Linda Finstad is an Edmonton-based artist and author. Throughout the pandemic, she painted using coffee. Yes, coffee. Now, she’s painting with cat hair, dust bunnies, cigarette butts, and other truly useless items. Yes, truly.
The England-born artist started out as a horse-show photographer and sort of, kind of fell into an art career because of a combination of cellphones, Facebook, and an art collector from Texas. It all comes together in the interview below.
Linda has a fabulous sense of humour — as you might expect — given her ability to paint with some of the above items. The laughs came a mile a minute during our chat. Enjoy!
[Featured Artwork: “Whole Bottle” by Linda Finstad.]
The following responses are lightly edited for length and clarity.
01. Rock, paper, or scissors?
02. What are three interesting facts about you?
A. I’m really, really inquisitive. I need to know why things work and if they don’t work I need to figure out how to make them work.
B. I’m from England originally.
C. I’ve had a lot of different careers. I decided to be an artist on a whim. I didn’t even know I could draw or paint. I just decided one morning, “I know; I’ll be an artist.”
D. I’ve painted 1,000 coffee paintings. A thousand of anything is a lot. Most of my paintings are of angels, which are really just the human form with wings stuck on them. So, I had to think of 1,000 different ways to paint a woman. I don’t know whose daft idea that was, but I’ve done it. *laughs*
03. What is the main medium you use in your art?
At the moment, coffee. I started painting with coffee at the beginning of the pandemic; mainly due to a lack of materials. I was out of some of my supplies and I thought, “Rather than do nothing, I’ll dig around and use what I’ve got.” I started experimenting and I hit on coffee. I really fell in love with it.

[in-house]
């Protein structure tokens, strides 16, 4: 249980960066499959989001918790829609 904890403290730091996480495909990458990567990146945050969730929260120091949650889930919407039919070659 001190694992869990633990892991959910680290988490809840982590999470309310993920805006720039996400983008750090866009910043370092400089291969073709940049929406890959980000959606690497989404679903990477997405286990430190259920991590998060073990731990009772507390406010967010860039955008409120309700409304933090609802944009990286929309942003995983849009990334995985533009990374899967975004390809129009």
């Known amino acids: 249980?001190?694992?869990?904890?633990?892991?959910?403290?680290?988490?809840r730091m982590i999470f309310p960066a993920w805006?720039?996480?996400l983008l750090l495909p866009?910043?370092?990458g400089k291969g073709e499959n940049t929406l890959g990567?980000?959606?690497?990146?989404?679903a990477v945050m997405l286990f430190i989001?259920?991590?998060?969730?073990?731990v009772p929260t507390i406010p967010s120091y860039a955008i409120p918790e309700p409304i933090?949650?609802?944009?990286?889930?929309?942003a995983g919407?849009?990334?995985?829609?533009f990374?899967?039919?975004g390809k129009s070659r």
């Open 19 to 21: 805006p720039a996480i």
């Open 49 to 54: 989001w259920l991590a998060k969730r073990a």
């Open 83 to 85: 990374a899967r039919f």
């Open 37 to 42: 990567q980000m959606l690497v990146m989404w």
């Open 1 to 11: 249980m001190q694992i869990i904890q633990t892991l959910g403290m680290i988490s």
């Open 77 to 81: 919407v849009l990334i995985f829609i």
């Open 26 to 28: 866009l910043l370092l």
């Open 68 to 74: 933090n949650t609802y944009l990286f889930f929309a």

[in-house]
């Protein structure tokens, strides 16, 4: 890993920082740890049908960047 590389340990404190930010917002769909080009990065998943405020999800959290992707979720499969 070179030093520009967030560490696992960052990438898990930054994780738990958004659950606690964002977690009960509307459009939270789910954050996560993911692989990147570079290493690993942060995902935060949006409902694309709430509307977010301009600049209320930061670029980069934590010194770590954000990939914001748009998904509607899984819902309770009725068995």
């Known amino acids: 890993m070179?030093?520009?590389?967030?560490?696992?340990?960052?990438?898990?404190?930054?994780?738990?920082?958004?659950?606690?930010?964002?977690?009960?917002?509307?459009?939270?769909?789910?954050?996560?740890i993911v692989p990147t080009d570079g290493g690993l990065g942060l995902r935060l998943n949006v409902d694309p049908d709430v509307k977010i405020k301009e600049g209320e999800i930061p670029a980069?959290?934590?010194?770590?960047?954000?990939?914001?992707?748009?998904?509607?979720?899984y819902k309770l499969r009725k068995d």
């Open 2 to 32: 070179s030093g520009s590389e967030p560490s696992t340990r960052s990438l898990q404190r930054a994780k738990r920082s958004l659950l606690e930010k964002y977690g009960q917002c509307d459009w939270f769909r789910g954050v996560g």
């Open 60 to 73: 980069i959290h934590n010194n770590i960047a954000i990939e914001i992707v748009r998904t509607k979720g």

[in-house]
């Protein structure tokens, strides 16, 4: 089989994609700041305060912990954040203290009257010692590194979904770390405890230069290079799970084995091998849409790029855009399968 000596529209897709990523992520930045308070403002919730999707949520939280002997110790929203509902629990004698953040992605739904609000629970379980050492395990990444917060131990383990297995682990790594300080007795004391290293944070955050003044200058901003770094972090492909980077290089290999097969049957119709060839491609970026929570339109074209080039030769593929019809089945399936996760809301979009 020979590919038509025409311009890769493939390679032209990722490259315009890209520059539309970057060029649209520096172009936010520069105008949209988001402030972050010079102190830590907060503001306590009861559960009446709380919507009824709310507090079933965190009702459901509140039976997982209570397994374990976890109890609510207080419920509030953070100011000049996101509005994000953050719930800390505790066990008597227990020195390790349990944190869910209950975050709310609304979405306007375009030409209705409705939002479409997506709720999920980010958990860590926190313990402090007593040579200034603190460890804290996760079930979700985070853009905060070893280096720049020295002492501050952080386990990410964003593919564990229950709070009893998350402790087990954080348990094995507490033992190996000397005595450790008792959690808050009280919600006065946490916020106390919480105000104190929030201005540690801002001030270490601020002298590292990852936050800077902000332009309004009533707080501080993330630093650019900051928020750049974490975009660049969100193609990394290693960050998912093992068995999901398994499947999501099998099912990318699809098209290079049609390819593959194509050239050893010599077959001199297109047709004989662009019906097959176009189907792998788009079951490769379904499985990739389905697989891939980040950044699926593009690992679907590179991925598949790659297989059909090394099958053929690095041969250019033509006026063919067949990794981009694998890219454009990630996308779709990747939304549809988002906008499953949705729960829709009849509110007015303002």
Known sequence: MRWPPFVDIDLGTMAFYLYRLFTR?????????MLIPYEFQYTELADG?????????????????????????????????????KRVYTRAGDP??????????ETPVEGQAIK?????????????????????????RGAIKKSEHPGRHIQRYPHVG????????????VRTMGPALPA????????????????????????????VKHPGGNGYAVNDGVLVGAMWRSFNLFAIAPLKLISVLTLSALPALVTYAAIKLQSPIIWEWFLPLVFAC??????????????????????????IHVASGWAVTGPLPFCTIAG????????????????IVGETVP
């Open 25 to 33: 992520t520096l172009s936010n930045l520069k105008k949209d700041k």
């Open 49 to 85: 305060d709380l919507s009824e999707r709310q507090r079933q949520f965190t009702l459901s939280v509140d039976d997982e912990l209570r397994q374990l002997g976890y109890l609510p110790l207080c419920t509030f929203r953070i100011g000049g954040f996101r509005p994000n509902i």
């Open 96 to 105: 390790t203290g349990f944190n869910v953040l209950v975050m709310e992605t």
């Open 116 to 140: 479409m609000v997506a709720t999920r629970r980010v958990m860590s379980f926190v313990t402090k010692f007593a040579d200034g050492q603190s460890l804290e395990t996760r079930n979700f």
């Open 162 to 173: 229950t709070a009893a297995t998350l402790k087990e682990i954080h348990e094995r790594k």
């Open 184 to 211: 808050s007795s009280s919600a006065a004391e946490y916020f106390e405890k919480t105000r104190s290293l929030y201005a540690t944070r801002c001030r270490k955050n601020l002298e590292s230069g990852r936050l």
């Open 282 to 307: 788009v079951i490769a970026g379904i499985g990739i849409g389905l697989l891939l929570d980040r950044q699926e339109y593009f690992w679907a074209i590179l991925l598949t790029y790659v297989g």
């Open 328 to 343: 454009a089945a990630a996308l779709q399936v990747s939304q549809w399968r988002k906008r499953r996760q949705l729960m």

I know it sounds trite, but it changed the course of my art career. When everyone else was struggling, I was absolutely thriving; not just because of the coffee, but because of the subject matter I chose as well.
I paint these little fat angels. My angels have frizzy hair, big bums, and even bigger attitudes. I was posting them every day on Facebook and people were loving them. I was giving them a voice. And the voice I gave them was really out of frustration. We all went through that rollercoaster of emotions. Sometimes my angels were sassy, sometimes they were reflective, but they always had an attitude. People could identify with them.
Over the last two years, I’ve created an enormous line of greeting cards, prints, magnets. I’ve published five books and I have another one on the way. All of them illustrated with these sassy coffee angels. Like I said, they completely changed the course of my art business. I found a way to turn coffee into cash, which is pretty amazing.
04. What inspires your art?
For the coffee thing, I was kind of in a groove with these angels. What would happen was that one thing would find the next. I did a hundred coffee paintings. They were all mixed up to begin with — all types of different subjects — before I hit on the angels.
Then, I published a book called “Just Not That Kind Of Angel.” That led to the next thing: It was brought to my attention that not all of my humour was suitable for children. *laughs* I thought, “Fair enough.” So, I did another 100 angels that were suitable for children. They were nice; they were inspirational and charming.